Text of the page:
This method works only for coffee that is fresh and has not been sitting on the table for several hours. If you try to reheat forgotten coffee, you probably won't enjoy it.

2. In the microwave

Of course, you can also use the microwave to heat it up. However, there are rules to follow here too:

  • Set themicrowave to medium power only.
  • Place a mug of coffee in it andheat it at 30-second intervals.

This will reduce the likelihood of scorching, and therefore bittering. If this does happen, you can soften the bitter taste with cream or milk.

If you don't want to spill the coffee, you can reheat it. This can be done both in the microwave and on the stove. You just have to follow certain rules.

What to avoid when heating coffee?

  1. Don't heat coffee with milk or cream

Reheating can precipitate the milk components in the coffee and the resulting effect will not be pleasing to your eye, let alone your palate.

It is also important to remember that dairy products must be kept cool to prevent the spread of unwanted microbes. Just pouring milk or cream into your coffee and leaving it on the table for a long time, out of the fridge, will not add to its quality. If you choose to heat the drink extra, it cancause digestive problems after drinking it.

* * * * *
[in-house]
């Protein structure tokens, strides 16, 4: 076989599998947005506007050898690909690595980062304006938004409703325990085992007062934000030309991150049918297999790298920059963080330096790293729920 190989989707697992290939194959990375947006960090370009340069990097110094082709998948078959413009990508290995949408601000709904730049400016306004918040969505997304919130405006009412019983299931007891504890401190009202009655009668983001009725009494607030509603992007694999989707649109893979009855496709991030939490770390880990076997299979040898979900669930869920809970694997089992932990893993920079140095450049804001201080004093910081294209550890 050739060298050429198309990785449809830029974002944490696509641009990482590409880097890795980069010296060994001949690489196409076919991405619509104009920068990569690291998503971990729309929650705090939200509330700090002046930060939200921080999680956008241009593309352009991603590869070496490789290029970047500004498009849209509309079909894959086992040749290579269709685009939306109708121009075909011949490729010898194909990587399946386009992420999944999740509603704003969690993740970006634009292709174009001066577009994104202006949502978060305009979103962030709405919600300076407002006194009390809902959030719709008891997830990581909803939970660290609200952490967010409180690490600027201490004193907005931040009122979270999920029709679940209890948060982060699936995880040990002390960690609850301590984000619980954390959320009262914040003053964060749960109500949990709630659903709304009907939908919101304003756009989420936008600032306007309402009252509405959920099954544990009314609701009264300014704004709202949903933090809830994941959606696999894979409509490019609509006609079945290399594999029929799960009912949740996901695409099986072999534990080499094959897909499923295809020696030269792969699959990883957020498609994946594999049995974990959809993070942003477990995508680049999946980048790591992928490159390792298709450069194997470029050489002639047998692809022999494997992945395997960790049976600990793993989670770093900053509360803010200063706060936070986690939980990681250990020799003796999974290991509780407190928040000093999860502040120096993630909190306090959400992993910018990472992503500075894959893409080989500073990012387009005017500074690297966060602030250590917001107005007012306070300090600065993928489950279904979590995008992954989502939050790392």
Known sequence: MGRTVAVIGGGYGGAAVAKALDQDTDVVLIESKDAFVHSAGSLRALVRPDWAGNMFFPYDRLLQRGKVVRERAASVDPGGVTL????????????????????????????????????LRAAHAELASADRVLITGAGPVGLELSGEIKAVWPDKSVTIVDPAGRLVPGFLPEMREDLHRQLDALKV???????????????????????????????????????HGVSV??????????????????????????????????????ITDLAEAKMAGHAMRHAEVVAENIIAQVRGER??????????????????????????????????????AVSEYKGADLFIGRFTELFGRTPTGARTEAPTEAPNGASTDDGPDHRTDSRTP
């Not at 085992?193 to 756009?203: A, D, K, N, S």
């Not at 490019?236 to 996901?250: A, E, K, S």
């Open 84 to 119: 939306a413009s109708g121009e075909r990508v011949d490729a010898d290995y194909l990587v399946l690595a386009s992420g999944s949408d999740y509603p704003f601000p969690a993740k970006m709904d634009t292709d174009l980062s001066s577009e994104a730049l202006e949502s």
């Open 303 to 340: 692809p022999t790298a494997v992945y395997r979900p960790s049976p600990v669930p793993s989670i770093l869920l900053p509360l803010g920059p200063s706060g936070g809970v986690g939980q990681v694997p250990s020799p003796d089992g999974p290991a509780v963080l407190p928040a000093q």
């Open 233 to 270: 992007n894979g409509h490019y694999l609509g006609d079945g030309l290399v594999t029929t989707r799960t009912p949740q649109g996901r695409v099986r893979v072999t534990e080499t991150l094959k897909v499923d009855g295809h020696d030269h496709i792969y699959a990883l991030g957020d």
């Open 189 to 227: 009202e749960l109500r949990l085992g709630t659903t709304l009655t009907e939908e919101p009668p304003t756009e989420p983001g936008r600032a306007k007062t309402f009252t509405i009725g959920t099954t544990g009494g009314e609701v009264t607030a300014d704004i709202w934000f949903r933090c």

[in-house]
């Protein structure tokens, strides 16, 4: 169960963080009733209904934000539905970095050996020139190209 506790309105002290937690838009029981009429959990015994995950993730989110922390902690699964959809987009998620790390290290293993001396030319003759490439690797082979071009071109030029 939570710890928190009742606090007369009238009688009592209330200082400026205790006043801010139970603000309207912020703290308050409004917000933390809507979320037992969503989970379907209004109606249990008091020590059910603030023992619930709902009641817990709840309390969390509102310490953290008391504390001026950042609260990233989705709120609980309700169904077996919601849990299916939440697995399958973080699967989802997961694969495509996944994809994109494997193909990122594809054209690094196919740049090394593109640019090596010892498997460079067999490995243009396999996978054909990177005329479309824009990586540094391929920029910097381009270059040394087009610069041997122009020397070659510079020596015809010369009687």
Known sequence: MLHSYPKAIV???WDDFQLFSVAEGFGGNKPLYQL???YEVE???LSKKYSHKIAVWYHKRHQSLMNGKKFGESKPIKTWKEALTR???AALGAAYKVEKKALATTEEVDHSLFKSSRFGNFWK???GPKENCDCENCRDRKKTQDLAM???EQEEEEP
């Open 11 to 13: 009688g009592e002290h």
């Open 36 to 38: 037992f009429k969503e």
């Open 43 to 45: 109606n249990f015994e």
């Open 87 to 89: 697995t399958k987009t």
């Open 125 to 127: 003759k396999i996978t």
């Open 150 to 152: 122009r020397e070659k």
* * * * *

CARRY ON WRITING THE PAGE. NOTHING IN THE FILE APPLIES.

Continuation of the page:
1. Do not use the microwave at full power

Rapid heating to a very high temperature will burn the ingredients in the coffee, giving it aburnt aftertaste.

  1. Do not use constant heating on your coffee machine

Many drip coffee machines have a feature that keeps the beverage in the potwarm for several more hours after brewing. This may seem like a useful feature at first glance, but believe me, over time it detracts from the quality of the coffee you brew. It loses the integrity of its flavour and becomes bitter.

Although the coffee grounds remain in the filter when brewing drip coffee, some finely ground particles may escape into the pot (as they do when using a French press). The particles continue to boil during the heating process and this long leaching process brings back the unwanted bitterness.

How to prevent the coffee from going cold right away

To avoid unnecessary heating of the coffee, I recommend the following:

  1. Proper timing - there is nothing better than enjoying a cup of coffee sip by sip and to the fullest. So brew it when you know you will have enough time to drink it.
  2. Brew small batches - brew just enough to make a big cup of coffee that you can enjoy before it gets cold.
  3. The right coffee cup - you can also prolong the ideal coffee temperature by choosing the right cup. We found out whether porcelain, glass, ceramic or stoneware is better in our test.
  4. Thermo mug - You may use it on the road or in the car, but have you thought that the thermal insulation in this cup will allow your coffee to stay hot longer at home? You can do your emails in peace and the coffee doesn't have a chance to get cold in a moment.
  5. Get your iced coffee ready - Iced coffee or frappuccinos are becoming increasingly popular, especially in the summer months. By adding milk, ice cubes and possibly a flavoured syrup, you can conjure up a refreshing drink in no time and won't regret letting your favourite coffee go cold.